Ivanov was also a bit of a special case, though, because he’s been seen as a potential political rival to Putin if he ever were of a mind to go his own way. Ivanov was, for example, considered a likely successor to Putin in 2008, when Putin was term-limited from running for president and had to shift over to the PM’s office temporarily, but then Putin opted to promote once-and-future PM Dmitry Medvedev instead, maybe because President Medvedev was more amenable to taking direction from Putin than President Ivanov would have been. Last year, when Putin inexplicably disappeared from public view for a short time, there were rumors that he’d been toppled in some kind of palace coup, by a group that supposedly included Ivanov. Obviously that turned out to be a lot of tin foil hat talk, but at the same time, Ivanov’s resume looks an awful lot like Putin’s except for that whole “president of Russia” entry, and maybe that didn’t escape Putin’s notice.
What does this have to do with Ukraine? Courtesy foreign policy writer Daniel M. Robinson on Twitter, there’s a possibility that Putin is holding Ivanov responsible for some kind of behind-the-scenes screw up involving that alleged Ukrainian terror plot in Crimea that Moscow claims to have thwarted over the weekend. Ivanov is part of a bloc inside the Kremlin that has been pushing for a more provocative Russian policy toward Ukraine than the one Putin has adopted. It’s possible, and I stress possible, that if there really was some kind of border clash over the weekend, that it was orchestrated by this group, including Ivanov, in order to force Putin’s hand. This would obviously be a major no-no for somebody in Putin’s orbit, if it’s true.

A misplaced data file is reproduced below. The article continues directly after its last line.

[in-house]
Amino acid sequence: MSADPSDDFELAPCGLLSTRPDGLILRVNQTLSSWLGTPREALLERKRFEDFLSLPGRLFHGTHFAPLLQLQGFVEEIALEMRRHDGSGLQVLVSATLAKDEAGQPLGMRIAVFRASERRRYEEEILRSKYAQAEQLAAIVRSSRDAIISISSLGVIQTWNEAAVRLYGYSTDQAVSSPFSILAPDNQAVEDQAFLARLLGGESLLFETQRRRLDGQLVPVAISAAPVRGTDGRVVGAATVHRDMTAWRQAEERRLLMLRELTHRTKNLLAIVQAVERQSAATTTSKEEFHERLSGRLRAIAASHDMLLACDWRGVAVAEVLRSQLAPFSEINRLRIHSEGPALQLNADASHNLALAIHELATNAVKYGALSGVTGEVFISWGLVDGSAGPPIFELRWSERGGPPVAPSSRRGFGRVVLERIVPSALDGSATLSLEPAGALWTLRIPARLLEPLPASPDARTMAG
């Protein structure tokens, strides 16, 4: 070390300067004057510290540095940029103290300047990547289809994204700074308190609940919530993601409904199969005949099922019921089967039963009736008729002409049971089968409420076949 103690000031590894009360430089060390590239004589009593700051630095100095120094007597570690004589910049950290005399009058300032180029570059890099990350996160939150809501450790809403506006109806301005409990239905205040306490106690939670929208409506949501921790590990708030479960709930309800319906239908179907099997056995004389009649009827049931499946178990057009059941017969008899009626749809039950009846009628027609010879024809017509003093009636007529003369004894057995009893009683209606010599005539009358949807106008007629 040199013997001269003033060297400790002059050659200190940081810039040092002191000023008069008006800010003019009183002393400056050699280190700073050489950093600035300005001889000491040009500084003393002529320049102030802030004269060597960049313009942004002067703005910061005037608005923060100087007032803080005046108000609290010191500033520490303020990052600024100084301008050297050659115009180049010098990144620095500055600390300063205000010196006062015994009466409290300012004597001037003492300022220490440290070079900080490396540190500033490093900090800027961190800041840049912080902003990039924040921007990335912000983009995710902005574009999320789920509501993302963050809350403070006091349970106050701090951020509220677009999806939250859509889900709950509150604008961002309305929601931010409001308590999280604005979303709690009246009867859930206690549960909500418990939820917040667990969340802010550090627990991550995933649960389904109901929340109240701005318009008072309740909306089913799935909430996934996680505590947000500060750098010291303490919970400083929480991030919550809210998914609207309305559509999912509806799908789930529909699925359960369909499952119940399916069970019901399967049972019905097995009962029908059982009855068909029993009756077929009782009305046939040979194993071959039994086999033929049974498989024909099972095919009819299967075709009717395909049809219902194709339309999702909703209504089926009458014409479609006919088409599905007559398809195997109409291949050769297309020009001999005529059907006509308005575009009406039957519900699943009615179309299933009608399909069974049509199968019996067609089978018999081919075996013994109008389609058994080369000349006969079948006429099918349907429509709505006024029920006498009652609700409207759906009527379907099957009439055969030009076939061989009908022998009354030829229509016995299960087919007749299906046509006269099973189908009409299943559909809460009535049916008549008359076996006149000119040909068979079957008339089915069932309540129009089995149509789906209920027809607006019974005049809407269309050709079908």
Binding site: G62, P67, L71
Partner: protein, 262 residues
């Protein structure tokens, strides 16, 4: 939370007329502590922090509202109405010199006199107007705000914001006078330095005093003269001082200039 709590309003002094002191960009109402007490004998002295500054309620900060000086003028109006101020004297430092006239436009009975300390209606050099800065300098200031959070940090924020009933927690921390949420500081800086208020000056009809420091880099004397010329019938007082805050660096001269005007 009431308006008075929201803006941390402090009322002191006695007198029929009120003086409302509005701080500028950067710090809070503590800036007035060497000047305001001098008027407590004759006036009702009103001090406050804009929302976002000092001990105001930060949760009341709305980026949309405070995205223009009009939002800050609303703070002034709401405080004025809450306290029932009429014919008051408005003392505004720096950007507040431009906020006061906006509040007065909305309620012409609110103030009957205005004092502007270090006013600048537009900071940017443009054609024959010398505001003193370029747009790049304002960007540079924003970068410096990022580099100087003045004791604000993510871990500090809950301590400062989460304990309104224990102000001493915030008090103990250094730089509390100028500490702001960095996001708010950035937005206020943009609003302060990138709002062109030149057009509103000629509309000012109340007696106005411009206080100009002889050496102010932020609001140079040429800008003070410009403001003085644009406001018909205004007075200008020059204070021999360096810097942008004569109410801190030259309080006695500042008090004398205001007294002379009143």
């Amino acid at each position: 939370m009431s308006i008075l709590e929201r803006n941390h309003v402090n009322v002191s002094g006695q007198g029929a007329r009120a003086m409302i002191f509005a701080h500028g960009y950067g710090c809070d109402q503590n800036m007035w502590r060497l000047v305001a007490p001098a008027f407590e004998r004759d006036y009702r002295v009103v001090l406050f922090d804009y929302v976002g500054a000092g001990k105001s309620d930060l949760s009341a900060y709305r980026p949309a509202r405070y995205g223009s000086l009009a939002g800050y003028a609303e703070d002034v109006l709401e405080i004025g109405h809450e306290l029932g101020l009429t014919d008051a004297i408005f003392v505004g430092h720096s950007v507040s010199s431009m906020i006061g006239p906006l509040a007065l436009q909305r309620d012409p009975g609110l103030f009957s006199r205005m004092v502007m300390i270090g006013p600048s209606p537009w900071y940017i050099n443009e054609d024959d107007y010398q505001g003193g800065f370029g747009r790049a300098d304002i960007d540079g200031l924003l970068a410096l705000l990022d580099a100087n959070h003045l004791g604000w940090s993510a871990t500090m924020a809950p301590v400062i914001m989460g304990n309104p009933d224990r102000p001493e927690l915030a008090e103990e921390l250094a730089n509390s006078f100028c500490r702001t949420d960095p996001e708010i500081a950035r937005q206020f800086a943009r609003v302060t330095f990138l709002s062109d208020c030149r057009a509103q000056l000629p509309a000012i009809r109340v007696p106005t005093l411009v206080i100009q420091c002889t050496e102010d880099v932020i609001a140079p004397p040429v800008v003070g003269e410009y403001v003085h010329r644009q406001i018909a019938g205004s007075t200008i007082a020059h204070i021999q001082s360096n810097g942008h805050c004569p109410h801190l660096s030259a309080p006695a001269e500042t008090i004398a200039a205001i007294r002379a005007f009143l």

It’s also possible that Ivanov’s ouster was meant to send a signal to the West without overtly sending a signal to the West. One thing that Sergei Ivanov, Yakunin, Viktor Ivanov, and Murov all have in common, besides the fact that they were in Putin’s orbit for a long time, is that each of them has been personally sanctioned by the United States over the Ukraine crisis. Obviously there’s some sheer coincidence at play here–the sanctions were meant to hit Putin’s closest pals in order to hurt Putin without targeting him directly–but there’s a possibility that it’s more than just coincidence.
Although Putin is now somewhat pot committed to escalating the current situation in Ukraine–after all, he’s got to stand up for those two dead Russian soldiers (even if there are no actual dead Russian soldiers, the Russian public now thinks there are)–it is possible that he’d like to slowly, and without appearing to be the weaker party, repair some of Russia’s ties to Europe and the US. If he is, then maybe Ivanov was getting in the way of that, and/or maybe sacking Ivanov helped him send a diplomatic signal. Who knows? Putin is hard to read on a normal day, and today has been far from normal.